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Website review by
Erin Brereton, Common Sense Media
OurWorld Website Poster Image
Virtual world with games and some smart parental controls.
Popular with kidsParents recommend

Parents say

age 14+
Based on 52 reviews

Kids say

age 12+
Based on 226 reviews

A lot or a little?

The parents' guide to what's in this website.

Educational Value

Kids can learn to build friendships within a virtual world as cool and trendy as the gang on their favorite tween drama or sitcom. Players create avatars that look great, dress well, and have fabulous condos. They can then choose between matching, strategy, and puzzle games and also complete activities -- like shopping -- to earn more swag. Most games are focused on fun, but some will reinforce skills like strategic thinking and puzzle solving. OurWorld is a fun, safe space for tweens and teens to develop online social skills.

Positive Messages

There's a heavy focus on buying stuff -- even just-for-fun virtual clothing and furniture -- on the site.


Some of the games, such as Warlords: Heroes and Zombeast Stampede, involve stabbing or shooting opponents to kill them.


Aside from a few message board posts about how to report/remove posts that mention sex and nudity, the boards seem pretty free of sexual content.


The chat feature supposedly has two filters -- one for players 13 and older and a stricter one for players younger than 13 -- that will replace words it can't accept/doesn't recognize with another word. However, the general message board contains words like "s--t" and "f--k," and it's possible to enter words like "damn," even if you're registered as being younger than 13. (Words like "f--k," however, are changed into a nonsensical string of letters in chats.)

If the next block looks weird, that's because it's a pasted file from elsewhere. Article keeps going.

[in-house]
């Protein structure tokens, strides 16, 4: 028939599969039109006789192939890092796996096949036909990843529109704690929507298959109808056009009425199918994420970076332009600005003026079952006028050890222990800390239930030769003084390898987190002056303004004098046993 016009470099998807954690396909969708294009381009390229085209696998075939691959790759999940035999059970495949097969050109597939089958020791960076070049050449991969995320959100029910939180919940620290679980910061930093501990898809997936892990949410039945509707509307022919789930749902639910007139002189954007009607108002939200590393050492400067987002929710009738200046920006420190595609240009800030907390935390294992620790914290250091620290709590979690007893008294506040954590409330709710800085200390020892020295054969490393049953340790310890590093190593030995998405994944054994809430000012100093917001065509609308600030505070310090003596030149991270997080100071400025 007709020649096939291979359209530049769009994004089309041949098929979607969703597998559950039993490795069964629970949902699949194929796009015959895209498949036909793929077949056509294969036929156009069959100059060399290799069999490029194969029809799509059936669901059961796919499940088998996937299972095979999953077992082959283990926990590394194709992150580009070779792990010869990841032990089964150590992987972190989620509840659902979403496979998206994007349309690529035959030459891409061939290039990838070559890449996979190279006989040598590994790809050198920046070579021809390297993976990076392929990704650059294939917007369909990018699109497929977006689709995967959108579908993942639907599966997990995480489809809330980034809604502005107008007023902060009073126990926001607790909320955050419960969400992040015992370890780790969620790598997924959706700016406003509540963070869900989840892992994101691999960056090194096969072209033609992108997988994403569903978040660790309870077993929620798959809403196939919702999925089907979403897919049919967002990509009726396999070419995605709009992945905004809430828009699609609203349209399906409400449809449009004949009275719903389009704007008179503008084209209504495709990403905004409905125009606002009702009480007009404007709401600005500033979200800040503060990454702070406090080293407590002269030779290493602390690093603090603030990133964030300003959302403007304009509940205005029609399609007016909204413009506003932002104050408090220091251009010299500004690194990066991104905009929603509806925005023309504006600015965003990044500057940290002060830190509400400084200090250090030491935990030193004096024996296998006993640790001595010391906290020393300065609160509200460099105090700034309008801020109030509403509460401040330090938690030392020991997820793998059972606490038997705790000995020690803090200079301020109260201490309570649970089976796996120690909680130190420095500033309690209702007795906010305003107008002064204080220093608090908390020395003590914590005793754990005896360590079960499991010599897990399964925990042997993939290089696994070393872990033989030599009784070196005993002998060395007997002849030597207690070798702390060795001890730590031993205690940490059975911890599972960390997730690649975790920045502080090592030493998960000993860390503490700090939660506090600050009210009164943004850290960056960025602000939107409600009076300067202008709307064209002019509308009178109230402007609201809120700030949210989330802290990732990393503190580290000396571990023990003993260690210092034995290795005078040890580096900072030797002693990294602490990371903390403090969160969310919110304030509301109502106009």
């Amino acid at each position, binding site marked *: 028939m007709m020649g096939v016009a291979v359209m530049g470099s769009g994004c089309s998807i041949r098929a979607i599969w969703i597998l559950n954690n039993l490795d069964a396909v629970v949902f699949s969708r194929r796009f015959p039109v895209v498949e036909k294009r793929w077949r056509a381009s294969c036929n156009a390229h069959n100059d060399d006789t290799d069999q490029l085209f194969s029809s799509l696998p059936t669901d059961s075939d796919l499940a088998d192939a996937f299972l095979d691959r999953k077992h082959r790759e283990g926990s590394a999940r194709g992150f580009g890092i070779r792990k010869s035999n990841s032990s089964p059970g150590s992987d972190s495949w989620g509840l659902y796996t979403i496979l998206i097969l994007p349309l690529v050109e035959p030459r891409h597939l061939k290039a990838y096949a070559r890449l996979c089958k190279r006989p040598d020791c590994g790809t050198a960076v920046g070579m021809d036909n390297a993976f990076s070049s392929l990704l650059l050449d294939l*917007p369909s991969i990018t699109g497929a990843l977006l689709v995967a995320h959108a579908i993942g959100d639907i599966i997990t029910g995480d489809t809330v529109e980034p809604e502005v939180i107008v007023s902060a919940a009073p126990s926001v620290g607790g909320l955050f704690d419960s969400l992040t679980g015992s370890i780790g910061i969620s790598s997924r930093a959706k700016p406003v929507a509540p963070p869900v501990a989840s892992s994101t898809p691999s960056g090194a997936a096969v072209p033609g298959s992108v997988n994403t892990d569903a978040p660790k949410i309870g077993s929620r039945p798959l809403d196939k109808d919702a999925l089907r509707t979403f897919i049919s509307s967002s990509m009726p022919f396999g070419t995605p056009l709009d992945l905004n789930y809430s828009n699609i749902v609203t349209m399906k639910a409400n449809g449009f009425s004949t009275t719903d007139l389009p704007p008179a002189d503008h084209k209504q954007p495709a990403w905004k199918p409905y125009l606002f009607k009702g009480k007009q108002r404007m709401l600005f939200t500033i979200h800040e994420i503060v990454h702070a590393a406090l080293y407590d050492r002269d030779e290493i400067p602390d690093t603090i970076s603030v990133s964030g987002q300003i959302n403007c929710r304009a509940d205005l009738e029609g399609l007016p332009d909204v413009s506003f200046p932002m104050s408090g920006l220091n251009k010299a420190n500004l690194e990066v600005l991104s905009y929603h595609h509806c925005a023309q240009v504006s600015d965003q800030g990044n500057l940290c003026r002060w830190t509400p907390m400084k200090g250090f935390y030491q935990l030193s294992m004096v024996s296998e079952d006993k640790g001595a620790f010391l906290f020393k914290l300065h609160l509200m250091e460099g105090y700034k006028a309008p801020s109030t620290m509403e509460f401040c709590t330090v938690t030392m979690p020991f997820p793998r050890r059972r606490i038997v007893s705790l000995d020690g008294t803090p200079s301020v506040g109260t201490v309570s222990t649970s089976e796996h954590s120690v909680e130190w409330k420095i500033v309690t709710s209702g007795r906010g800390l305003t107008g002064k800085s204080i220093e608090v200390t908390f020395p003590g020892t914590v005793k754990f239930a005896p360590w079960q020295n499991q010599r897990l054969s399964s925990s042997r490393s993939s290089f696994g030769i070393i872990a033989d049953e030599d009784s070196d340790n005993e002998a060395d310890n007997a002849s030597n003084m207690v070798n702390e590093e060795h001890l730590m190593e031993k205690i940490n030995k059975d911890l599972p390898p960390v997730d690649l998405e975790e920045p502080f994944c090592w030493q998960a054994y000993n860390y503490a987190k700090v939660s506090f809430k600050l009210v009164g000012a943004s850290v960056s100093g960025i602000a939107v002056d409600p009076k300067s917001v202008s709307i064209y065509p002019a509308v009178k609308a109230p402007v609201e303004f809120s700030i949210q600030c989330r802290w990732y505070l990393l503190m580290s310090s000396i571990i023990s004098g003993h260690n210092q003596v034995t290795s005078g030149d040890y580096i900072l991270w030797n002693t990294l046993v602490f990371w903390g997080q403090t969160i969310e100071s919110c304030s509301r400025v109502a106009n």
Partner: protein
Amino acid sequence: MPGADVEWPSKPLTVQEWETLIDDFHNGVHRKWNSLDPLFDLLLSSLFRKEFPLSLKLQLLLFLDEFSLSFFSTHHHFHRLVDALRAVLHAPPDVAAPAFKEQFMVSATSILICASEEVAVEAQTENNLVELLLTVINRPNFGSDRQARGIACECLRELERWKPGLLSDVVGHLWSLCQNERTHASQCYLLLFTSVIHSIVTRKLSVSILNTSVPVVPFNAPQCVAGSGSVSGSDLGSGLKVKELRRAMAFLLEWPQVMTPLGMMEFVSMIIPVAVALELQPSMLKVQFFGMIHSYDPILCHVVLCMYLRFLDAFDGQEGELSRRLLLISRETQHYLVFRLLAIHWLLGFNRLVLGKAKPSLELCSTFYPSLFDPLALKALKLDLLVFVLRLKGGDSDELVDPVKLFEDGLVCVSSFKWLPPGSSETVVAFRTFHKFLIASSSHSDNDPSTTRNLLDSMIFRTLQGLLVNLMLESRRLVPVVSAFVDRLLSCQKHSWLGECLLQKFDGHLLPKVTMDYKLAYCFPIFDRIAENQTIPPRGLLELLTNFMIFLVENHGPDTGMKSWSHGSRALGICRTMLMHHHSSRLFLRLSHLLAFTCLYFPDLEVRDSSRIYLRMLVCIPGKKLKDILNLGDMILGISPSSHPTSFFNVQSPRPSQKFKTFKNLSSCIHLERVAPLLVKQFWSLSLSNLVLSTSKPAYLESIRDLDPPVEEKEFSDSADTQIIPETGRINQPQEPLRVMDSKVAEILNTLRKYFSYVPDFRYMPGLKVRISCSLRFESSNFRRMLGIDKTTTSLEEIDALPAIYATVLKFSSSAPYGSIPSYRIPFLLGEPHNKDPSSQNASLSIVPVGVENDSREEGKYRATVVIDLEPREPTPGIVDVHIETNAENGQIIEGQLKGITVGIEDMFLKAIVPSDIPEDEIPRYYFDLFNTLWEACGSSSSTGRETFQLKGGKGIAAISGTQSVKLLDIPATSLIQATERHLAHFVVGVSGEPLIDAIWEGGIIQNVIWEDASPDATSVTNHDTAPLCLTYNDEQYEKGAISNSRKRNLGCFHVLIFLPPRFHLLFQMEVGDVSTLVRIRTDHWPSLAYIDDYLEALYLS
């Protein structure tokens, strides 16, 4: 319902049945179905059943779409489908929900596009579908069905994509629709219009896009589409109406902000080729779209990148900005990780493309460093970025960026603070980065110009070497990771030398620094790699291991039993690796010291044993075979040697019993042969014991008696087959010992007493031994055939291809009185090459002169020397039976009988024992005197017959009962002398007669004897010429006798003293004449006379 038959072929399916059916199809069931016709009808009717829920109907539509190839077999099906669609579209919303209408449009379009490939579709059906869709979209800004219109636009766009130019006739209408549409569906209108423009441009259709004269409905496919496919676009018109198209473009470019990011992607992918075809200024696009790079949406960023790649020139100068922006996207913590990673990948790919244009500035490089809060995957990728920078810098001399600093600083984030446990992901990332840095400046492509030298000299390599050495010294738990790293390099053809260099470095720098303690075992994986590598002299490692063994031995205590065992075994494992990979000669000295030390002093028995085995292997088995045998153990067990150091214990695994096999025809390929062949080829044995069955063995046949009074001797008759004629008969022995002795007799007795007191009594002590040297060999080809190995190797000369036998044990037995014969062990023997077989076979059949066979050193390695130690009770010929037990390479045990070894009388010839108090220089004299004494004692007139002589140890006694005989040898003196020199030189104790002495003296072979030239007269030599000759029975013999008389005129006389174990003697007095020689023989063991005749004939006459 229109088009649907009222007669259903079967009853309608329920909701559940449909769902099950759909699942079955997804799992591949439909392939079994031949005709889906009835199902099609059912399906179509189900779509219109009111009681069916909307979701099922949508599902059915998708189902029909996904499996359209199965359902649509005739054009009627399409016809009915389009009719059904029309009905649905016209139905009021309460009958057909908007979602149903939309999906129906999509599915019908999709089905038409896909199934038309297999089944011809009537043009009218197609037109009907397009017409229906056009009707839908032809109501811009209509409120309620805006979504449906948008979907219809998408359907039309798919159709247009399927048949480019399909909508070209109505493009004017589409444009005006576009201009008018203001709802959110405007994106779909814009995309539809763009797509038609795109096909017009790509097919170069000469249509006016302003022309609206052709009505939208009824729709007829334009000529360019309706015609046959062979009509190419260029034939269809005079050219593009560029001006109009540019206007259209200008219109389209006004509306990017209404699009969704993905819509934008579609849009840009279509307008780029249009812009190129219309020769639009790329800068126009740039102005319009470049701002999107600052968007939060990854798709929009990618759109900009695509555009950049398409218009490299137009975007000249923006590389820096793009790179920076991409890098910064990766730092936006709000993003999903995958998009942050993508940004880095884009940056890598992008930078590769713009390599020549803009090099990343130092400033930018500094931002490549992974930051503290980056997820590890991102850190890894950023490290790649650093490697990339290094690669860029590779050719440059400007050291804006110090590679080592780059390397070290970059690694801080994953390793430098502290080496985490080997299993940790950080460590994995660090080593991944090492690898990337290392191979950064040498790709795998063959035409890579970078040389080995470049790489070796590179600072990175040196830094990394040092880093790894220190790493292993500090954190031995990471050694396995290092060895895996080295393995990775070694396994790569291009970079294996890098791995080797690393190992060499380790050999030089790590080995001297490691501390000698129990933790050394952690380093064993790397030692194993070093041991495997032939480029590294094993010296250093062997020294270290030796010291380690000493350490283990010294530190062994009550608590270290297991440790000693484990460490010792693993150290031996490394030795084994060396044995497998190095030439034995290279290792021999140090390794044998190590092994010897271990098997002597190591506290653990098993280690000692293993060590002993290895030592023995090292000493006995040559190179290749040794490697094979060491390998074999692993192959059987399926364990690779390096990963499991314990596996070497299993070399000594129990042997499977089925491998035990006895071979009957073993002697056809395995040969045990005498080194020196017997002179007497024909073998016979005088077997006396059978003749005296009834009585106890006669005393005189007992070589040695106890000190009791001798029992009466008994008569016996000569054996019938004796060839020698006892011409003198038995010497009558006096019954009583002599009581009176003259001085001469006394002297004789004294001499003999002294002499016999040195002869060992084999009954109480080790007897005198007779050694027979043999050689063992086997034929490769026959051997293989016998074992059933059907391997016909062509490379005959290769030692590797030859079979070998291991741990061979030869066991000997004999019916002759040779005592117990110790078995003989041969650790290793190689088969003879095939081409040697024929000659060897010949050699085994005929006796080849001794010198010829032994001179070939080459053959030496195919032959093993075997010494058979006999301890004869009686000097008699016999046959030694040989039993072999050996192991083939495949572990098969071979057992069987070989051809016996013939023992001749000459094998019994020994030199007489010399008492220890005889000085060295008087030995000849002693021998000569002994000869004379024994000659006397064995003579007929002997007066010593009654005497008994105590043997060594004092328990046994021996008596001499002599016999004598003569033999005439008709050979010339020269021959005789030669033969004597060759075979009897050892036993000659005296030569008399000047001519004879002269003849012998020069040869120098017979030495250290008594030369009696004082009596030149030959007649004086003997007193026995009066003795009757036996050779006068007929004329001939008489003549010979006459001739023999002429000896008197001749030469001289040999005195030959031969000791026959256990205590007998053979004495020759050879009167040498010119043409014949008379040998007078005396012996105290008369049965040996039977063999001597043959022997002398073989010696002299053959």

Some games are preceded by brief commercials for gum, AT&T, and other products (labeled as a "short message from our sponsor.") Users are also encouraged to gather two types of site currency: gems, which are frequently purchased via credit card, and coins, which can be earned.

Drinking, Drugs & Smoking

What parents need to know

Parents need to know that OurWorld is a virtual world where kids can play chat and play games; a few of the games have violent content. For kids to chat, they need to first send a parent verification email through the site. If they're under 13, parents are told kids' communications will be filtered to ensure they're only using approved words and phrases. However, parents can change their child's settings to let them chat openly with other users; so if kids enter their email address for the verification, they can easily unlock any restrictions.

User Reviews

  • Parents say
  • Kids say
Adult Written bymantt July 26, 2009

Be Careful!

When I started hearing this website being spoken about a lot among the kids I'm surrounded with, like my younger cousins and little sister, I asked them wh... Continue reading
Adult Written byBaleyx September 10, 2011

It's the users not the game.

I've been playing this game for a long time, before gems came into play. I would say any website with chat, avatars or anything of that nature are never sa... Continue reading
Teen, 13 years old Written byEvonyflyer November 8, 2010